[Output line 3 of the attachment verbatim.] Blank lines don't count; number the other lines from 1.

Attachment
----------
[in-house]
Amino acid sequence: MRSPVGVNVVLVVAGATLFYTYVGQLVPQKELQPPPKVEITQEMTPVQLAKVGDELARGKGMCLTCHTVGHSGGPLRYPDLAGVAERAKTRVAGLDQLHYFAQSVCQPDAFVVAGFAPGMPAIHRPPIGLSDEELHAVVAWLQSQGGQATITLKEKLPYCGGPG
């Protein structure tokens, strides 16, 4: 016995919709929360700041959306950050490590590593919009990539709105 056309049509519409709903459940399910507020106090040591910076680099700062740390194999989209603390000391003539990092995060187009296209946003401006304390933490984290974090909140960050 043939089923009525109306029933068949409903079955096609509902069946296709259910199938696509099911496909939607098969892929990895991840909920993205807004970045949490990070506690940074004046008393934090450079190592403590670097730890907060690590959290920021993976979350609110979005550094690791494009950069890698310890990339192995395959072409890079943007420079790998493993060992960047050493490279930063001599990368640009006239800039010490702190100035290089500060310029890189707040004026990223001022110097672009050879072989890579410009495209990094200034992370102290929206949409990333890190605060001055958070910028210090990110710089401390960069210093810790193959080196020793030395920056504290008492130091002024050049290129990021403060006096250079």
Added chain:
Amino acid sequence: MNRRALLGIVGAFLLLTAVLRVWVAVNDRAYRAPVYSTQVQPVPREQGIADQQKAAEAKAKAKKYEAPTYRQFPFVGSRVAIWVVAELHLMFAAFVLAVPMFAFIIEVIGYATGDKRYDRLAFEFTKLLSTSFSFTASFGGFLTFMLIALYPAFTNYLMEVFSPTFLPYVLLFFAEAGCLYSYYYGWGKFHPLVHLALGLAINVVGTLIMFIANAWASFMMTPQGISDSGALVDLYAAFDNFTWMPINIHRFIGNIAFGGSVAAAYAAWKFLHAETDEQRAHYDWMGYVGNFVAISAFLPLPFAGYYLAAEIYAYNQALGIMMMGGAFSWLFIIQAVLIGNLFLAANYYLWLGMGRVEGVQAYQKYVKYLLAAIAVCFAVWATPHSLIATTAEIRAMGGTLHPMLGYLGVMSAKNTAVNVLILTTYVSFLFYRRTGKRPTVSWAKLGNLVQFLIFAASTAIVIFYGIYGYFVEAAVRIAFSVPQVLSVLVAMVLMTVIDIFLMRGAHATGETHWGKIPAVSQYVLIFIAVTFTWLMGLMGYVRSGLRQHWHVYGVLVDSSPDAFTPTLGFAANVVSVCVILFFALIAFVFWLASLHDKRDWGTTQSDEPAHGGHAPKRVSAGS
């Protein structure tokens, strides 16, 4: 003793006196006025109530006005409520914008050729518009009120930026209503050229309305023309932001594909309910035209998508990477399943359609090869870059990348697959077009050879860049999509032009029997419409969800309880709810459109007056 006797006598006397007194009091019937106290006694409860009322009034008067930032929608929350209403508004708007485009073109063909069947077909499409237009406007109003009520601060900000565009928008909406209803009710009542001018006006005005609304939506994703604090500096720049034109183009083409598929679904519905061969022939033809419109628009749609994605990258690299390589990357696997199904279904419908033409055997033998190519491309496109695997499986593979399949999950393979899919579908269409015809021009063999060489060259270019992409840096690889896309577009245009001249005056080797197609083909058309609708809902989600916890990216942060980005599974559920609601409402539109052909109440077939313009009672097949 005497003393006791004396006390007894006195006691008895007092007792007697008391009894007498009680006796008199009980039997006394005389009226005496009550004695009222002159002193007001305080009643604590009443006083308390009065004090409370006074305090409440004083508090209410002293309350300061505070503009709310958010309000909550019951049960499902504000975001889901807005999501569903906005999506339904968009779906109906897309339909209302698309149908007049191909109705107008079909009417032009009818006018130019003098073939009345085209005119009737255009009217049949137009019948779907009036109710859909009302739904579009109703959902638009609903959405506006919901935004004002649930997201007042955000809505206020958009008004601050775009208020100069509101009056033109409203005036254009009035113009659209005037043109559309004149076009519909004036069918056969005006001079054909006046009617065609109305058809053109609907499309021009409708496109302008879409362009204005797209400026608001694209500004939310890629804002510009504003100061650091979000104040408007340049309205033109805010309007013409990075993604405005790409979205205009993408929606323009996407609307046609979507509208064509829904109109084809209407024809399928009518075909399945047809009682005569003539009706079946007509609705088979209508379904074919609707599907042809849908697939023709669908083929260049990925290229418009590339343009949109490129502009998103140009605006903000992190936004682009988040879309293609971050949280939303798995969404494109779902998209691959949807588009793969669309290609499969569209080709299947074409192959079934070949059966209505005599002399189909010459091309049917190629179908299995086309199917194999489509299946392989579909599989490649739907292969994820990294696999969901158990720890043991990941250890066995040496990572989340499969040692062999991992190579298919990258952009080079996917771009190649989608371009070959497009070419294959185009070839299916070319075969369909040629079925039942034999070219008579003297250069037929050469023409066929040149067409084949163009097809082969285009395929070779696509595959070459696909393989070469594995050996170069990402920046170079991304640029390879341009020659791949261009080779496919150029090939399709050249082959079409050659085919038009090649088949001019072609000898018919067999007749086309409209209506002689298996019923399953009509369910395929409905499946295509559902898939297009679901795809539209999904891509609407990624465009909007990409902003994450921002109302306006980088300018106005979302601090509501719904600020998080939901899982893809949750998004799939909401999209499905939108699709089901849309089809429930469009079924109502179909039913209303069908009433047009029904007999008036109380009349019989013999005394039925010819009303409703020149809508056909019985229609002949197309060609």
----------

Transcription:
């Protein structure tokens, strides 16, 4: 016995919709929360700041959306950050490590590593919009990539709105 056309049509519409709903459940399910507020106090040591910076680099700062740390194999989209603390000391003539990092995060187009296209946003401006304390933490984290974090909140960050 043939089923009525109306029933068949409903079955096609509902069946296709259910199938696509099911496909939607098969892929990895991840909920993205807004970045949490990070506690940074004046008393934090450079190592403590670097730890907060690590959290920021993976979350609110979005550094690791494009950069890698310890990339192995395959072409890079943007420079790998493993060992960047050493490279930063001599990368640009006239800039010490702190100035290089500060310029890189707040004026990223001022110097672009050879072989890579410009495209990094200034992370102290929206949409990333890190605060001055958070910028210090990110710089401390960069210093810790193959080196020793030395920056504290008492130091002024050049290129990021403060006096250079």